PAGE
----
When I told this to my Dad, he managed an ironic smile and shrugged. I knew I had broken his heart, but what could I do? That was how I now saw things. I respected him far too much than to lie to him.

Since that time, my Dad has accepted me as I am. He knows I’ll never stop loving the tradition I was steeped in. He respected my intellectual honesty and even compared me to Spinoza. Like I mentioned before, he’s as close to a renaissance man as I have ever know. He’s read Spinoza in the original.

We arrived at the Chabad synagogue shortly, and I went in to greet the Rabbi there who I really liked. We started davening (praying) and it all came back as if I had been there last week. But the 5 years away did make me pay attention to what I was saying in the prayers a bit more than usual.

We got to the Shema which is the central prayer that Jews are supposed to say three times a day, that we hang in mezuzoth on our doors and that we are supposed to say as our last dying words:

Hear O’ Israel the Lord is our God, the Lord is one.

And you should love the lord your God, with all your heart, with all your soul, and with all your strength.

Reading that phrase, I was struck by the fact that it is an example of what Alan Watts used to call a “double bind”. A double bind occurs when you are commanded to do something which is acceptable only if it’s voluntary. Get it? It can’t be done! One cannot be “commanded” to love anything. It has to come from inside.

Think of it this way, if you asked your lover, “Do you love me?”

Would you be satisfied with the answer, “I’m trying with all my heart…”

So God was commanding us to do the impossible. Why? It didn’t make sense?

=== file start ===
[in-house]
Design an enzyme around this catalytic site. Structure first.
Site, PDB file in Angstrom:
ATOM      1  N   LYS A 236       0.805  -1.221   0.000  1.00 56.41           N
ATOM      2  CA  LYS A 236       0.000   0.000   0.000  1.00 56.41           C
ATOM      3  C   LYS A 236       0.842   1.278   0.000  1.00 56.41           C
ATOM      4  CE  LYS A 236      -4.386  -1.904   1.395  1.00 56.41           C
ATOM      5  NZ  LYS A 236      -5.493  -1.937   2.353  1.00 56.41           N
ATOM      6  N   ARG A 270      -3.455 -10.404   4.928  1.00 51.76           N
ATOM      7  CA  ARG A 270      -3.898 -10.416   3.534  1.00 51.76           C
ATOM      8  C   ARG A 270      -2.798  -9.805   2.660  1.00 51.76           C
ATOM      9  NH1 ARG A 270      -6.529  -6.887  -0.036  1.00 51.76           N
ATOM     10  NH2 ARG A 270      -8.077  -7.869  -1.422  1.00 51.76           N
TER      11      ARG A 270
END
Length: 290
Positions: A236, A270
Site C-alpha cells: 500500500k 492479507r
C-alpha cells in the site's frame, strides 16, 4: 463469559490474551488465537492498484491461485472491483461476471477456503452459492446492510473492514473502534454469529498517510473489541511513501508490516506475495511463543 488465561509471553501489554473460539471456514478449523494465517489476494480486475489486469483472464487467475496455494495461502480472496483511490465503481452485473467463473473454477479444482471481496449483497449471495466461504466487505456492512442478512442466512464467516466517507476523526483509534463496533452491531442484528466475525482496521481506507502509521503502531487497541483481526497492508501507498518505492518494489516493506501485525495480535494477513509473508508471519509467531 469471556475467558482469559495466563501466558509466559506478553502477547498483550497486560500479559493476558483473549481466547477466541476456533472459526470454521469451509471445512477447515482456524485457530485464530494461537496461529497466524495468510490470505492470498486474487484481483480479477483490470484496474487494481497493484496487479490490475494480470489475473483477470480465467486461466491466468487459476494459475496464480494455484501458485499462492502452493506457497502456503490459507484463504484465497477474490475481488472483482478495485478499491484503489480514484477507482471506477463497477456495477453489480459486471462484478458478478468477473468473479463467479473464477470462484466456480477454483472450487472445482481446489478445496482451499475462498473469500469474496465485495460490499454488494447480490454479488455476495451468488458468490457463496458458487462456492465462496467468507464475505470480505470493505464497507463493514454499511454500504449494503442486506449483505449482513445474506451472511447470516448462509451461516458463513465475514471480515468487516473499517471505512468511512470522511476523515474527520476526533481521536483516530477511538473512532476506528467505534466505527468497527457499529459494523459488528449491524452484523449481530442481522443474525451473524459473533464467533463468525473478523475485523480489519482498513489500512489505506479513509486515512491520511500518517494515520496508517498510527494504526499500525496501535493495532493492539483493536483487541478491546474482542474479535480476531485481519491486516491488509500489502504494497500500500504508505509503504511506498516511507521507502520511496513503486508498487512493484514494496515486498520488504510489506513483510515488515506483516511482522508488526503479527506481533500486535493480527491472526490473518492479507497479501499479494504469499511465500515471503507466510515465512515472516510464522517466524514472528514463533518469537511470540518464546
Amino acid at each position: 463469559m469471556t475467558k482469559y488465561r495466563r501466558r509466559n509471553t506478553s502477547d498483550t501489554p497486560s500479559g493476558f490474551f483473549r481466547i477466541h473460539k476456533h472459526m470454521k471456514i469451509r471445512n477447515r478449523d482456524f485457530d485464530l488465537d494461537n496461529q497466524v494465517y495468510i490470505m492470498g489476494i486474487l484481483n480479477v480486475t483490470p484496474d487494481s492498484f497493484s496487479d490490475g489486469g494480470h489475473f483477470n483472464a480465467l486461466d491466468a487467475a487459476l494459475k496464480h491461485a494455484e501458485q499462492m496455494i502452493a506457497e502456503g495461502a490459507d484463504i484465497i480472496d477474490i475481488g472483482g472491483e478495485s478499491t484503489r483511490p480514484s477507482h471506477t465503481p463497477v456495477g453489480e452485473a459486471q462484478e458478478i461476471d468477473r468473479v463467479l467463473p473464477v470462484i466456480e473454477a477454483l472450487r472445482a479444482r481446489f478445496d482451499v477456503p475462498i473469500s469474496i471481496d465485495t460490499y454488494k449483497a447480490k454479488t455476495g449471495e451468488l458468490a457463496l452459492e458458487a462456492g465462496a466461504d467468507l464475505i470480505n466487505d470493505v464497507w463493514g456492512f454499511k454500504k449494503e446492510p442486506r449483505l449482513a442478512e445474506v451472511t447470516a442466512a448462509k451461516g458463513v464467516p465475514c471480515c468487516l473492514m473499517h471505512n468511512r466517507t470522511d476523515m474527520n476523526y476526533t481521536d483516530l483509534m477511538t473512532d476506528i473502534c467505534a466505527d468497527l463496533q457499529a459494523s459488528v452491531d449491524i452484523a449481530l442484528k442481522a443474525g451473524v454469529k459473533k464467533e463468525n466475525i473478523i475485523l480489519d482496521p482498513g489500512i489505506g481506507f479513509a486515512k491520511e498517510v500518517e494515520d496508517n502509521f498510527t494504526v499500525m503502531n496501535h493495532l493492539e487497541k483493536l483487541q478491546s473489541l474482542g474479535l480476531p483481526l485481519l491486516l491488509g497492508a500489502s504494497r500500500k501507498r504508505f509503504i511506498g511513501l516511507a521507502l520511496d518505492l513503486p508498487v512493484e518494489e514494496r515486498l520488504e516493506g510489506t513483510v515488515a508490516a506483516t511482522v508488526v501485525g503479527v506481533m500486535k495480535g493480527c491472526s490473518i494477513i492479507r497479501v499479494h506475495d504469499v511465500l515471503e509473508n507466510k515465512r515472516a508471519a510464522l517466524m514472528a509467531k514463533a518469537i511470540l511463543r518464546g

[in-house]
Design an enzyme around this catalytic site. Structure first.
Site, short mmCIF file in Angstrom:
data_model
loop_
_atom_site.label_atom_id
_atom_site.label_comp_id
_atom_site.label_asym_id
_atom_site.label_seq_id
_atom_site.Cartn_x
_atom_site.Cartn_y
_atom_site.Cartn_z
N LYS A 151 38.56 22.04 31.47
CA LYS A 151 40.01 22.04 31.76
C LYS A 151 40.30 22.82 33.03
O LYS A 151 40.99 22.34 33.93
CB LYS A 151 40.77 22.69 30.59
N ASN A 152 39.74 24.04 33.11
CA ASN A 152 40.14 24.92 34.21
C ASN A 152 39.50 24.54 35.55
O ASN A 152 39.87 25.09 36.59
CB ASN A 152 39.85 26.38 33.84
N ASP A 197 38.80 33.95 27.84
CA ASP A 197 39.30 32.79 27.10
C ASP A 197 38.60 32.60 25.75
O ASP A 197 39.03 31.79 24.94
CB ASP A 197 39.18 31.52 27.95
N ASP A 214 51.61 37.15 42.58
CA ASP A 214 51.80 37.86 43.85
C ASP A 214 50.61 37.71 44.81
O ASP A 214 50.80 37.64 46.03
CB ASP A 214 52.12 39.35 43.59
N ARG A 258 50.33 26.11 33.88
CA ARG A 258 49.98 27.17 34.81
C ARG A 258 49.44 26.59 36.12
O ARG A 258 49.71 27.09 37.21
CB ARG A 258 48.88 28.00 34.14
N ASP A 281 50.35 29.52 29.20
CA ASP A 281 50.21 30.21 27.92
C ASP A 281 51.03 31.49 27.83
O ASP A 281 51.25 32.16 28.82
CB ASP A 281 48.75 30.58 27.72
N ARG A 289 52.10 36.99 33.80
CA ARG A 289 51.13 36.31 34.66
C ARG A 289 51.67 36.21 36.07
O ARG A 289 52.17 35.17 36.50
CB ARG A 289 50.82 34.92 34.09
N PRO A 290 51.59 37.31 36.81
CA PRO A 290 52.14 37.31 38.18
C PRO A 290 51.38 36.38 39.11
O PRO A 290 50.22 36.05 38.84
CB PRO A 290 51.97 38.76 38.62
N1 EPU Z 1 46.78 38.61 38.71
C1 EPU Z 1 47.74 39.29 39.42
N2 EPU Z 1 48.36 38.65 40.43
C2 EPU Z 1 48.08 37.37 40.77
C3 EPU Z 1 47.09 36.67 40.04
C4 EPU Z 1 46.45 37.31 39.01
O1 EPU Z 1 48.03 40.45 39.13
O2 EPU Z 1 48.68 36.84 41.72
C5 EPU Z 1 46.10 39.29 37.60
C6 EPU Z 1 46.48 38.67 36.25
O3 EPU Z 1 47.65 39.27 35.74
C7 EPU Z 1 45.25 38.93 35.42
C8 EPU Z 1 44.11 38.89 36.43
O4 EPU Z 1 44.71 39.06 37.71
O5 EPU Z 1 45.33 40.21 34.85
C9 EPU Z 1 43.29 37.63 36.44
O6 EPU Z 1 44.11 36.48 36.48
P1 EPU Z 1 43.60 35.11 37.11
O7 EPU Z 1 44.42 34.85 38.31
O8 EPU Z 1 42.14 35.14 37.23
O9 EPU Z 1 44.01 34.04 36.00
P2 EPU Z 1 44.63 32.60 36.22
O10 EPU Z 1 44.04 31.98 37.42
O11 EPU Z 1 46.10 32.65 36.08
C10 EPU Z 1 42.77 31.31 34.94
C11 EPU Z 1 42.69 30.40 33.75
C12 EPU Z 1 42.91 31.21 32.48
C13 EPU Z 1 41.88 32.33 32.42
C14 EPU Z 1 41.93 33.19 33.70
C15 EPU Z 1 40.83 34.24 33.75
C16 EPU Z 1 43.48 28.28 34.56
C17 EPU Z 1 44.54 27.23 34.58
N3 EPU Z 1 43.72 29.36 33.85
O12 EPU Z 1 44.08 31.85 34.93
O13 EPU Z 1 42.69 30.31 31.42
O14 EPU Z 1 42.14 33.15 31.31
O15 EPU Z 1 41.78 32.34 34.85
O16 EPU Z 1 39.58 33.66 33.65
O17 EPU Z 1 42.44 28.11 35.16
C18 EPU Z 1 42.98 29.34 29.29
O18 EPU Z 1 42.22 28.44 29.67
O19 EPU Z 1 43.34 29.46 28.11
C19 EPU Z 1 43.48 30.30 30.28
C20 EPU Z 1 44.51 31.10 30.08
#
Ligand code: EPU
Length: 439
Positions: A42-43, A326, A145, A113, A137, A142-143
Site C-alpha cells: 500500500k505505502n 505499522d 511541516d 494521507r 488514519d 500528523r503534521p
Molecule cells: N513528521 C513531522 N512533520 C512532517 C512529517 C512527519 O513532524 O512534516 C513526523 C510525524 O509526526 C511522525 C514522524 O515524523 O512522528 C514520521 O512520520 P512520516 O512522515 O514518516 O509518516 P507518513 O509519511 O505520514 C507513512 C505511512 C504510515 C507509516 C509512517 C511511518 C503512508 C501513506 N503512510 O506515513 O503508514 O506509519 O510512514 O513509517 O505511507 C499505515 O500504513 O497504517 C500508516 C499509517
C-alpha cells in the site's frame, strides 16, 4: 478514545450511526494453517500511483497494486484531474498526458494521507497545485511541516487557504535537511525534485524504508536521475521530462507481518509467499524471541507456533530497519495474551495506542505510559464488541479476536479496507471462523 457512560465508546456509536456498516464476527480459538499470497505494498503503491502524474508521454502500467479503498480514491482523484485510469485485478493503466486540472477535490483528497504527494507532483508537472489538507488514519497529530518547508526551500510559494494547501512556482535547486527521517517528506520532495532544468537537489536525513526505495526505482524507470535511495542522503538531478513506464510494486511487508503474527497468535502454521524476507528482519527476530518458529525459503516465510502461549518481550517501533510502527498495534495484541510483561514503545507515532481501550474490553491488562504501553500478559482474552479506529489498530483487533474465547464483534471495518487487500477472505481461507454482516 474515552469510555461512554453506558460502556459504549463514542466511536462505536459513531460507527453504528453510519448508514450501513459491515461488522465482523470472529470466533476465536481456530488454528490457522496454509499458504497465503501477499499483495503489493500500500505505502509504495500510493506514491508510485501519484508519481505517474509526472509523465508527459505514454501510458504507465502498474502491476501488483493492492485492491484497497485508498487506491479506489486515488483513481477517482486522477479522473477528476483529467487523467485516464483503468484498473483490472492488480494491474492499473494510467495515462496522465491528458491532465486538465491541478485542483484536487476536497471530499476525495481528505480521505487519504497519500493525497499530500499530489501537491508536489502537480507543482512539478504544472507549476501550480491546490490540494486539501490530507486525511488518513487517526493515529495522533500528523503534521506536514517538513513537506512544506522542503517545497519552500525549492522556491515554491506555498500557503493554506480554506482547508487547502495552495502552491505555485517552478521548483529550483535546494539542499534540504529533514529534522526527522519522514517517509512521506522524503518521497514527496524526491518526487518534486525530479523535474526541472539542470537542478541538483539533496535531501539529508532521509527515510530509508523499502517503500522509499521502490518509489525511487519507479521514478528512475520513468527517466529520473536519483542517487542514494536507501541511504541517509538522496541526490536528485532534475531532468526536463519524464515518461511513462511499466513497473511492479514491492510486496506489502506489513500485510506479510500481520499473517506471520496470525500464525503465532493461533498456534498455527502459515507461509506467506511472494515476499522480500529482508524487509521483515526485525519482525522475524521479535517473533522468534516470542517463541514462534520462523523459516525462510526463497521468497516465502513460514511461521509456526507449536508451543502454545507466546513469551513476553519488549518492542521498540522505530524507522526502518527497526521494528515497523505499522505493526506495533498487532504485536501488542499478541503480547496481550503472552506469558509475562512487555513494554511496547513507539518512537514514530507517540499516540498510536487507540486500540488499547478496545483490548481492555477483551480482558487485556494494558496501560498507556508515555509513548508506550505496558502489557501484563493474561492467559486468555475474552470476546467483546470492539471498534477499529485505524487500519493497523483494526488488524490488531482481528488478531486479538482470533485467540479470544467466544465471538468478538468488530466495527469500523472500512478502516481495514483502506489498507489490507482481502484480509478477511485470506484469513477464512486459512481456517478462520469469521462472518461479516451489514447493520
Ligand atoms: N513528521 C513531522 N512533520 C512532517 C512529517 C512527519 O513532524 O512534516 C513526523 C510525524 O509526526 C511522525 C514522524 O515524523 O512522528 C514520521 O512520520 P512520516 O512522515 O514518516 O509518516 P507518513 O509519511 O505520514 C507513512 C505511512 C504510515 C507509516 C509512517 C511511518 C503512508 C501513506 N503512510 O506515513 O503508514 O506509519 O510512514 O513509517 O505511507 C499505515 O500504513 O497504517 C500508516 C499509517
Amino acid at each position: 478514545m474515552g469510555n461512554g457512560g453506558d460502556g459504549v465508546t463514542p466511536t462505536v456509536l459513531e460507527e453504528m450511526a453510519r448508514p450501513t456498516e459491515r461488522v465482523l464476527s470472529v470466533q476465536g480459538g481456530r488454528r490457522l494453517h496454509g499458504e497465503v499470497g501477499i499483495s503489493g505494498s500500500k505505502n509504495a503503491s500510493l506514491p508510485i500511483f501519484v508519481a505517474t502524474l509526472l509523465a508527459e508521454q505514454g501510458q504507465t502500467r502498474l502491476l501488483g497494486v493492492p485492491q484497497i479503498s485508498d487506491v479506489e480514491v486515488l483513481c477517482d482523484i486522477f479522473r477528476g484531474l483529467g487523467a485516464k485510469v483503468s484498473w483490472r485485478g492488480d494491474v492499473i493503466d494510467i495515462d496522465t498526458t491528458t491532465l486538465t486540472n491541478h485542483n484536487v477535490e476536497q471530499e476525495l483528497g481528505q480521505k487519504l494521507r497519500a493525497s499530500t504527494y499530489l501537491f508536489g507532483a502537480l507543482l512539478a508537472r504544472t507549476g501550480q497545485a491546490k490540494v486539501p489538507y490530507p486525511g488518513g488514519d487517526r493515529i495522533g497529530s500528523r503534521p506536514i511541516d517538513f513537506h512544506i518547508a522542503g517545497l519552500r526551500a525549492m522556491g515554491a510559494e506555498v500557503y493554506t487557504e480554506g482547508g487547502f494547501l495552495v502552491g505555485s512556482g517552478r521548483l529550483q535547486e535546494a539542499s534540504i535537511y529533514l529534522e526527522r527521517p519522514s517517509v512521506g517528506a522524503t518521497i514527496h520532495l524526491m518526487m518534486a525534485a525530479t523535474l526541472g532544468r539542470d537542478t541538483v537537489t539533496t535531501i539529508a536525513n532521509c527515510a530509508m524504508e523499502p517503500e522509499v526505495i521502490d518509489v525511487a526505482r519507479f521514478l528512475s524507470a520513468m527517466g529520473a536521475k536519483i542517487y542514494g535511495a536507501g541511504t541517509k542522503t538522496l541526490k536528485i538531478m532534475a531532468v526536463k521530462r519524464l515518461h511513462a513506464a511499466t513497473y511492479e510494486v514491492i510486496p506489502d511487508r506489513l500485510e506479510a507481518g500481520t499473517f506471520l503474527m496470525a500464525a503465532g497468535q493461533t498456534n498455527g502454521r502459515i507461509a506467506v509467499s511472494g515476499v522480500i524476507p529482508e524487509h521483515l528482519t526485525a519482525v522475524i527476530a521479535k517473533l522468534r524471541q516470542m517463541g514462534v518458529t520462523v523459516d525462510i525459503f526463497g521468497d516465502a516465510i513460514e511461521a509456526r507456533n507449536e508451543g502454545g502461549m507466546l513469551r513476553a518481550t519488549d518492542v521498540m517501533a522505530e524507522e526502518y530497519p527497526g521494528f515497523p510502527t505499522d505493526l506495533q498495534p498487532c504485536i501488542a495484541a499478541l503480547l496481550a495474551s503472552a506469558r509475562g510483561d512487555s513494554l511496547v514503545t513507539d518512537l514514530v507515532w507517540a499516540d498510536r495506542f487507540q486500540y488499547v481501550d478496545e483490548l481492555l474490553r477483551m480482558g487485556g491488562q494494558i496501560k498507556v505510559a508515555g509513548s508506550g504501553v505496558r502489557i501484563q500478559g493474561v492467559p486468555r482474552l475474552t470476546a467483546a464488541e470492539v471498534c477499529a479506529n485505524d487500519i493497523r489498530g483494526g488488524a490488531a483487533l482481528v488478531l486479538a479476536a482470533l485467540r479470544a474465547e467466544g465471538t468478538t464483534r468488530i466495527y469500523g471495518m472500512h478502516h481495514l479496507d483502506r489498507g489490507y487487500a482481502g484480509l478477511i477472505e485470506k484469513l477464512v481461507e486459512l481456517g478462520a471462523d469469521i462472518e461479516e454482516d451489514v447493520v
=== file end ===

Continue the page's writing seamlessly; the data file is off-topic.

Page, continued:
My old Talmudic training swung into action and I continued to ponder the question through the Torah reading. And then, suddenly I knew the answer. I got so excited that I asked the Rabbi if I could deliver a short drasha (comment on the Torah) after his. He graciously allowed me to do so.

Up before the congregation, I laid before them the problem I had discovered in the Shema. The answer I discovered was that the phrase “God is one” is not meant to say he isn’t two gods or a thousand for that matter. What it is saying is that God is everything. And you, and you, and you, are all apertures through which his light shines, as is everything else that exists!

Looked at that way, the second sentence was no double bind commandment. It was a continuation of the descriptive nature of the first sentence. There’s no way not to love God if you are god.

I then told them that I had lost my faith years before, but that if there were any there who felt true faith that they please say a prayer for me, as I had developed incurable multiple sclerosis. There were practically tears in my eyes, and I know I spoke very intensely.

It was time for Musaf (extra prayer said on holidays) and I reached in my pocket for a Provogil. Shit! I had forgotten them at home and was going to need one soon. I’d never make the walk home without one.

I explained to my Dad, and he waved me off. On my way out, hands reached out to shake mine, yasher coachs (well done!) from all sides. As I passed through the women’s section on the way out, one thanked me for what I had said. “Wow! Even the women heard me.” I thought.

I stumble bummed my way home. The MS is really beginning to take a toll on my balance. Ten minutes later, my Dad showed up.

“Pop! What are you doing home so soon? They can’t have finished yet…”

“Just wanted to be sure you made it. I have to daven Musaph now…”

The next day, I stayed home. My Dad was accompanied home by one of the Rabbi’s sons. Meeting me in the hallway he eagerly pumped my hand.

“I want you to know that what you did yesterday was a real Kiddush Hashem!” (Sanctification of the Lord). That’s about as high a complement that a religious Jew can give. I told him not to exaggerate, but he was insistent.

Is that what I am?

Maybe in some ways we all are.

This was just my Andy Warhol’s 15 minutes.

I wonder how many other self proclaimed apikoress’s have been told they are a Kiddush Hashem. I know one thing though…

If Spinoza was alive today, both my father and I would stand in line to tell him that with all our hearts.

June 27, 2008 Posted by | Uncategorized | Leave a comment